Overall, handset sales totaled 14.5 million units, down almost 20 percent from a year ago. The latest figures are the lowest since 2013, when shipments totaled 20.7 million. According to Reuters, some of the blame can be laid on a slow February, during which the Chinese were busy marking the Lunar New Year.
The wider regional canvas spans China's economic slowdown -- its worst in almost three decades -- and a tit-for-tat trade war with the US that's seen Beijing place tariffs on $110 billion of American goods. Apple blamed the latter in January, when it told investors that it wasn't going to sell as many devices in Asia as in the past. Tim Cook and co. are now resorting to new tactics to lure shoppers in the region, like interest-free credit on new iPhones -- a notable development for a company that's historically been averse to discounts.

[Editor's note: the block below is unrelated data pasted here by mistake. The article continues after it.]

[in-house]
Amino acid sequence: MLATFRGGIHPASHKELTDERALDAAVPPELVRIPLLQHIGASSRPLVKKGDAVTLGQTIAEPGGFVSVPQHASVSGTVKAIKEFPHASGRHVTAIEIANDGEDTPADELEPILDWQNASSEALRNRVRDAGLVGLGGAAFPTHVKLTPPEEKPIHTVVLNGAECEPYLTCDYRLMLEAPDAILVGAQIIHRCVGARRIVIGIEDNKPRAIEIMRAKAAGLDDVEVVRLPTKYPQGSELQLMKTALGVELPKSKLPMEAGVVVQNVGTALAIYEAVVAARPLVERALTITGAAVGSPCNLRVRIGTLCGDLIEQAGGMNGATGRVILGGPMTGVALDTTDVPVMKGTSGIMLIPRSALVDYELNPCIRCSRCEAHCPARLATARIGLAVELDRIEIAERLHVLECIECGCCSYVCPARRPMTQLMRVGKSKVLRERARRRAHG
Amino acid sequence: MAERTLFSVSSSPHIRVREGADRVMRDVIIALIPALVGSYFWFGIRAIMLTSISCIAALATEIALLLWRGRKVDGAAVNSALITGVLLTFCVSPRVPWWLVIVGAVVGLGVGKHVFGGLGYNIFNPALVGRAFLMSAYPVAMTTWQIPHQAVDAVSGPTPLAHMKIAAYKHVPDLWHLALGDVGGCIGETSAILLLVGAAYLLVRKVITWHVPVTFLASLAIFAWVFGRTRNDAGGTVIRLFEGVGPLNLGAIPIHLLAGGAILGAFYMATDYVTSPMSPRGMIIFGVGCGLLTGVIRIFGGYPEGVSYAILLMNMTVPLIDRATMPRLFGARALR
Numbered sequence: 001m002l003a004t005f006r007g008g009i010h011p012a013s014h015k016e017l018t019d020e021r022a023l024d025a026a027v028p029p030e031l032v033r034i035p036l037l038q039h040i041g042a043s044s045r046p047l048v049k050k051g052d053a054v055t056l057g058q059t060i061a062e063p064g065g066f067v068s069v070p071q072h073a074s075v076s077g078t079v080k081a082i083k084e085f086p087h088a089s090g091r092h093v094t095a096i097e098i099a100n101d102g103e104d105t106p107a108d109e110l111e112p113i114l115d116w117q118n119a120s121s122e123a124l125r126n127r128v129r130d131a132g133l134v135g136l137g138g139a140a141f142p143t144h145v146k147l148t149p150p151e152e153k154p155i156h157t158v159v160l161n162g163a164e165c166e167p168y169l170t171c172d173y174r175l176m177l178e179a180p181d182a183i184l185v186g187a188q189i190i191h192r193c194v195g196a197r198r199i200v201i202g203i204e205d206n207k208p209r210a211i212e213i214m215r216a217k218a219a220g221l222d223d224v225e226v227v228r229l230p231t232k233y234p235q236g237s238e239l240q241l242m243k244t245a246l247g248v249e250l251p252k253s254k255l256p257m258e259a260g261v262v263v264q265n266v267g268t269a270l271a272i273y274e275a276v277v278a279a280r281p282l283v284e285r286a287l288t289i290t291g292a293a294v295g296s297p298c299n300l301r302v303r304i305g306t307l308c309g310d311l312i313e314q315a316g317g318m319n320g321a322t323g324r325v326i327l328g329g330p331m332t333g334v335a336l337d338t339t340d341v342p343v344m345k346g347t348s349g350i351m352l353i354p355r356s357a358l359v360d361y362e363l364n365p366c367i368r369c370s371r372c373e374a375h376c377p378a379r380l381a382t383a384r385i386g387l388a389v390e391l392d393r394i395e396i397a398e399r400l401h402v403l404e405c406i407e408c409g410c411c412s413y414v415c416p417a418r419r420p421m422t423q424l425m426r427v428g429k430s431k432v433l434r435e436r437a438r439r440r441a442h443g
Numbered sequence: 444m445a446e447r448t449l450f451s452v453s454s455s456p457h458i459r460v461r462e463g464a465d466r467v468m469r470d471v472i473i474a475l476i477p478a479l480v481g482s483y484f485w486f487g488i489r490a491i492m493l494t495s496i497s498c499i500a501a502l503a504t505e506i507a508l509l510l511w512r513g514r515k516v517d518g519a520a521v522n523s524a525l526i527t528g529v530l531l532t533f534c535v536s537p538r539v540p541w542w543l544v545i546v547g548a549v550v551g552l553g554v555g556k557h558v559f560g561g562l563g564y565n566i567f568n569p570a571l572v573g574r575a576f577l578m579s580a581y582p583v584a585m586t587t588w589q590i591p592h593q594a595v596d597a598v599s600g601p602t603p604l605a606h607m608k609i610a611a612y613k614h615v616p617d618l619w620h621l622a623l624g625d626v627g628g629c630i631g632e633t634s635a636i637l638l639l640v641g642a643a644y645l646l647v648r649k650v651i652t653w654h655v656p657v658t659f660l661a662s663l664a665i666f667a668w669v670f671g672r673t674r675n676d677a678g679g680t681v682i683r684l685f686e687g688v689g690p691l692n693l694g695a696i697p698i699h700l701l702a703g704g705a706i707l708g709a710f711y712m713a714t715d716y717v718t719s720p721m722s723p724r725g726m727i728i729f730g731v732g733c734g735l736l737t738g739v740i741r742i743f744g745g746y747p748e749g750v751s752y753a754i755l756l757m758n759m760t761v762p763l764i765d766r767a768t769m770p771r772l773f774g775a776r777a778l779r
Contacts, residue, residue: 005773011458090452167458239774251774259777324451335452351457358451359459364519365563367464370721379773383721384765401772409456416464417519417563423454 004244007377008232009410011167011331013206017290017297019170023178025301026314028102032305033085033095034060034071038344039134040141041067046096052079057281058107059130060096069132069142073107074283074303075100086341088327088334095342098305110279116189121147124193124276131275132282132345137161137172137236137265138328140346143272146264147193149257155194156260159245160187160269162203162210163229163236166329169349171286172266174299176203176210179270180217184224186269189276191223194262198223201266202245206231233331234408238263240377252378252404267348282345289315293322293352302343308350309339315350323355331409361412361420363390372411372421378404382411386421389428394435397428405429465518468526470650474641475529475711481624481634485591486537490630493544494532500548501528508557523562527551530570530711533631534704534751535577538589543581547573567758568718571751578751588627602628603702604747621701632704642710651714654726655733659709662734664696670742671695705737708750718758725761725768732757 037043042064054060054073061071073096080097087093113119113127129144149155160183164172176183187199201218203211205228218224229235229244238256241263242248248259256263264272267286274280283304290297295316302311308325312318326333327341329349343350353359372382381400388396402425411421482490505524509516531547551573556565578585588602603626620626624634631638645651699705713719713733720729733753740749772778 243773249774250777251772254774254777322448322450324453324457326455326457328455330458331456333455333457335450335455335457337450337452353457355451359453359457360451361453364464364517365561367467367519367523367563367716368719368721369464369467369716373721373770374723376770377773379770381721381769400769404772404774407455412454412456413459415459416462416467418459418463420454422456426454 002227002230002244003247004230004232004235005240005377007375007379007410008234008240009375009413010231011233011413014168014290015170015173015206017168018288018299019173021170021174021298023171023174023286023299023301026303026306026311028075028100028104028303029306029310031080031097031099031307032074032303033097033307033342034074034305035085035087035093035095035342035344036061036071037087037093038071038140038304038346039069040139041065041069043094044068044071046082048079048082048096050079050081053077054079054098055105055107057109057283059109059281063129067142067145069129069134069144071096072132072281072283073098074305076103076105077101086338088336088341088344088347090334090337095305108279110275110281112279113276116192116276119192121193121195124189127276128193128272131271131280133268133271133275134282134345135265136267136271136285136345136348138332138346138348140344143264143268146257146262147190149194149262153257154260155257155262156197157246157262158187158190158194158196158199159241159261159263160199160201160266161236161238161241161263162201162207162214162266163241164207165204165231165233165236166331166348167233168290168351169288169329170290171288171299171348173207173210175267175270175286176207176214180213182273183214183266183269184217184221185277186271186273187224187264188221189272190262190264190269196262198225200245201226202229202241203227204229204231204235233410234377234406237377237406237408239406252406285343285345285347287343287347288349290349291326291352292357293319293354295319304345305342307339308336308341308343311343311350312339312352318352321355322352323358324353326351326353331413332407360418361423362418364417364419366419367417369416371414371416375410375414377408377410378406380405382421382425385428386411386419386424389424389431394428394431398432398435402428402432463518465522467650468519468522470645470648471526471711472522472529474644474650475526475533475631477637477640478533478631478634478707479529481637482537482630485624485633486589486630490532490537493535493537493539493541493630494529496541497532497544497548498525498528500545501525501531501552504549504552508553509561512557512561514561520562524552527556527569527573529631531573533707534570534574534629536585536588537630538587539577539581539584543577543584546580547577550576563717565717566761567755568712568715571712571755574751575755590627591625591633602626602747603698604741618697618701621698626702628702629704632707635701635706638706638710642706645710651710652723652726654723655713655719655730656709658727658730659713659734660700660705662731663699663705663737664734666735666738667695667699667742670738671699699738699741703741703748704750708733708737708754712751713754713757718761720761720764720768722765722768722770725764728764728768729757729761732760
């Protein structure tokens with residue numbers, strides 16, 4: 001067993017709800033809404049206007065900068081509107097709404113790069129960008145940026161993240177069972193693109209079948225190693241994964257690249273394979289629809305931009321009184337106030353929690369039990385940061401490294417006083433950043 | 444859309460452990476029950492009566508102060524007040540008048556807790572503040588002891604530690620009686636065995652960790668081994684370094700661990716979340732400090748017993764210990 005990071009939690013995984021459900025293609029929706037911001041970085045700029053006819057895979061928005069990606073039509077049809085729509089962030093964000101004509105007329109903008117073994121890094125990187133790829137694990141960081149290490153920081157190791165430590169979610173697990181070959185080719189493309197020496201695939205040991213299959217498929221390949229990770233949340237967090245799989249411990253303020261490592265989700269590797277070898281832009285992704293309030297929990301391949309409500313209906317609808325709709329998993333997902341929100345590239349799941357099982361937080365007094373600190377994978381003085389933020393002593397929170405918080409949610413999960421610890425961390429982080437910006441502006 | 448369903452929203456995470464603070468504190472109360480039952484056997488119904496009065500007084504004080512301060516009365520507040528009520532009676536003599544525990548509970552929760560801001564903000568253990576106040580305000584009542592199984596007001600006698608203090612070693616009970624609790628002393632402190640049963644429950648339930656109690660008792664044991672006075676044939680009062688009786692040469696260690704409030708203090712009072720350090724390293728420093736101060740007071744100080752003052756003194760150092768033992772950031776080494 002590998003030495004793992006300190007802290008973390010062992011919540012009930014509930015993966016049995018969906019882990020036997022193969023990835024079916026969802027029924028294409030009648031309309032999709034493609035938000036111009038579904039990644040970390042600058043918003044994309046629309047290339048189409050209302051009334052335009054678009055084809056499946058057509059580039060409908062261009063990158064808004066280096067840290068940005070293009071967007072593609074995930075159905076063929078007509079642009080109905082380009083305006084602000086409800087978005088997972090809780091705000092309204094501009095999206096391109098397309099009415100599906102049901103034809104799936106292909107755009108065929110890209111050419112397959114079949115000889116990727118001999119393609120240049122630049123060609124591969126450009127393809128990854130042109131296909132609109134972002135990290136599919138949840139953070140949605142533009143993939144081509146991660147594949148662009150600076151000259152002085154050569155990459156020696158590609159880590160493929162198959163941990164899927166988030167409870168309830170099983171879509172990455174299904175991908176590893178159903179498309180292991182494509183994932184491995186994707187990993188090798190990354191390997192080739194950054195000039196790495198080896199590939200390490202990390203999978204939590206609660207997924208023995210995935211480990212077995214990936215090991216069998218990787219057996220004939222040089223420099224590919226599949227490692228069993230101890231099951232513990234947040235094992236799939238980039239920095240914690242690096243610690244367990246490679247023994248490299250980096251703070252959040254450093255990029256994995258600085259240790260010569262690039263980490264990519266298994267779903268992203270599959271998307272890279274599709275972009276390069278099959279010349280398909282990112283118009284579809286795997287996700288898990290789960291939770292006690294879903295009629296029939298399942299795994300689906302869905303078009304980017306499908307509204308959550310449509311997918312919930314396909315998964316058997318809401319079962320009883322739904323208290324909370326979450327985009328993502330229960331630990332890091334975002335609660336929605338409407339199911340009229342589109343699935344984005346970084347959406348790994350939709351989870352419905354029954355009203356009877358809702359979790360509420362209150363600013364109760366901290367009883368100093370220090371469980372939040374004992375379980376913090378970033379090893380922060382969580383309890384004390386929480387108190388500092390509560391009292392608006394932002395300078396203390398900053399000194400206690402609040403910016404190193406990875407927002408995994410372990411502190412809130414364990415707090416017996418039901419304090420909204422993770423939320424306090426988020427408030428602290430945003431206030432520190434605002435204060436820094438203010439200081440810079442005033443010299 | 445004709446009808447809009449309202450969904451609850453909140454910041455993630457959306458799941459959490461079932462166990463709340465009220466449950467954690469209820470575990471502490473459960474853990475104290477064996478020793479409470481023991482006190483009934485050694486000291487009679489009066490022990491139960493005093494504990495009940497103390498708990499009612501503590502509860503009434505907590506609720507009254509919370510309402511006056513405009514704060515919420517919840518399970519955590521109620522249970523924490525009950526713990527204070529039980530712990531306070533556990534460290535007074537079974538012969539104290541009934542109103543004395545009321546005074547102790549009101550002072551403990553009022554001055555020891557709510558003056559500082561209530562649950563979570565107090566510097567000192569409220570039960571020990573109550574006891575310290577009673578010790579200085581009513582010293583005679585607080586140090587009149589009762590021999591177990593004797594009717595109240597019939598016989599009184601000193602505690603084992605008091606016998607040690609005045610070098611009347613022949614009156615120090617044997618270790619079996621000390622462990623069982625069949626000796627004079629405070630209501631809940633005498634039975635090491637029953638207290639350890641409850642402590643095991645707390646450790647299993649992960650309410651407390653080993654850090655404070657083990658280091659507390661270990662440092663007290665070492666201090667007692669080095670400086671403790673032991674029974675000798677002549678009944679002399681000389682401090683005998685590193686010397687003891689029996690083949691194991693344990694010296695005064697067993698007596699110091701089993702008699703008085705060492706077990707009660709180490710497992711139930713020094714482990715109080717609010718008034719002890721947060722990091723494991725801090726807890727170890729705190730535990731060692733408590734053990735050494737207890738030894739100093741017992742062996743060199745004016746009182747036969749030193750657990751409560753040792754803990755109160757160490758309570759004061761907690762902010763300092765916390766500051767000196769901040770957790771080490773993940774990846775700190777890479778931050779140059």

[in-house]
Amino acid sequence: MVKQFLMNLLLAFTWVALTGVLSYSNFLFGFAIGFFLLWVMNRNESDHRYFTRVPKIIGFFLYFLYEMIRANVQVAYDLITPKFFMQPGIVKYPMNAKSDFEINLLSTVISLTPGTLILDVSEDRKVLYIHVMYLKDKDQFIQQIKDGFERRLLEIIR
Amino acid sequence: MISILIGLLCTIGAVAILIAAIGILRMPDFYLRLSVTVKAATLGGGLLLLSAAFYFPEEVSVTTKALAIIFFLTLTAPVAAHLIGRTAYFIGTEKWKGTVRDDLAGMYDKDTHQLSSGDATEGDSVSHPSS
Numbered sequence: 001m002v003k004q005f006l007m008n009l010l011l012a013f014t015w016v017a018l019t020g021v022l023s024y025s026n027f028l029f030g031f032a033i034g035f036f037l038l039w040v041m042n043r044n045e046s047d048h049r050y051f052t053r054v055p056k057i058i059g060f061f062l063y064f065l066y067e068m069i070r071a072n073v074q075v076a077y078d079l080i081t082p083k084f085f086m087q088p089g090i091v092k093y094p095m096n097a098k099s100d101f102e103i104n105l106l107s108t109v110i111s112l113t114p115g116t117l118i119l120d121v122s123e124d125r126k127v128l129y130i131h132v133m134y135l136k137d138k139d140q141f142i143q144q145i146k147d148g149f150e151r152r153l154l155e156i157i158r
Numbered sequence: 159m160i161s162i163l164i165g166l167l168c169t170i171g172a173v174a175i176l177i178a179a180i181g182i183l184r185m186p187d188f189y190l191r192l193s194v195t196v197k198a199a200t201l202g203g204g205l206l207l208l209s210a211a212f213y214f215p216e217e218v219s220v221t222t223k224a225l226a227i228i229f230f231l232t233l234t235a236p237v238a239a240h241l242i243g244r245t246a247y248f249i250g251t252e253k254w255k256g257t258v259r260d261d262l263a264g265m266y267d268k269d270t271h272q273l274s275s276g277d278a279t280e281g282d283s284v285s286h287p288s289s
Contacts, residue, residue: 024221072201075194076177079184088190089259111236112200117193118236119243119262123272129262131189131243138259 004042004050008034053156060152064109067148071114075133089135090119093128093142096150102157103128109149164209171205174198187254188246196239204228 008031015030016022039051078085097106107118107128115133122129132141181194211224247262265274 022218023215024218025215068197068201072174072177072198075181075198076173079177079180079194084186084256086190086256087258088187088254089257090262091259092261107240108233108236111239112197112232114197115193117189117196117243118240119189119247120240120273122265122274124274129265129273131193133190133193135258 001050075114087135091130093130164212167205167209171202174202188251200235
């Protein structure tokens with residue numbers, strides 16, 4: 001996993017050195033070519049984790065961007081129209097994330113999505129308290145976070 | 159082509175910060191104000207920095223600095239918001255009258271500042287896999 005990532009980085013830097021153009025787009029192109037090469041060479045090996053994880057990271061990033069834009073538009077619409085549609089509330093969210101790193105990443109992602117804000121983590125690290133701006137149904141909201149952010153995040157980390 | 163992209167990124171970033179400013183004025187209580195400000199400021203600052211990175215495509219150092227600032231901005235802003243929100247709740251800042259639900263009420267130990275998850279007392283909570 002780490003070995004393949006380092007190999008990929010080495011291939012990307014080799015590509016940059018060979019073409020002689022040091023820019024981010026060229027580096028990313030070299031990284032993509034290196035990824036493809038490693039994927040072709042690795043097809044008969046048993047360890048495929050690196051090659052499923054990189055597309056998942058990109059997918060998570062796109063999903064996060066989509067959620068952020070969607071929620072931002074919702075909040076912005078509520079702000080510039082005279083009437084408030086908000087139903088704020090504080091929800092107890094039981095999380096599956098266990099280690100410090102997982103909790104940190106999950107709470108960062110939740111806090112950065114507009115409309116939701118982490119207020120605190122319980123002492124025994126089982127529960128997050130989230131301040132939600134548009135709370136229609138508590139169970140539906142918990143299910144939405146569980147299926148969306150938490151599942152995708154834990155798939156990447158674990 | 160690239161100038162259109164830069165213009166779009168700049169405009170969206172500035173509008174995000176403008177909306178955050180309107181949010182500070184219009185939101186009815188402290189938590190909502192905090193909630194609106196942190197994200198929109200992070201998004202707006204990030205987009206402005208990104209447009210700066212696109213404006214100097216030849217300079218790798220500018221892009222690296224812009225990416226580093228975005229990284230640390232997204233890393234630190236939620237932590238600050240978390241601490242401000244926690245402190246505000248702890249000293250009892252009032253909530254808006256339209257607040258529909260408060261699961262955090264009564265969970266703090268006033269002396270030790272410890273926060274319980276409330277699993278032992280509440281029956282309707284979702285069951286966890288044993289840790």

At least Apple can take solace in the fact that it's not the only company that's losing out. According to recent stats from IDC, Chinese upstarts Vivo and Oppo are struggling to improve their sales, despite releasing innovative handsets at competitive prices. Local giant Xiaomi has also watched its numbers dip. Before that, IDC noted that Samsung shipped 13.4 percent fewer smartphones in the third quarter of last year. It did, however, predict that 5G could prove to be the industry's saving grace in 2019. And everyone from OnePlus to Samsung will try to prove IDC right this year.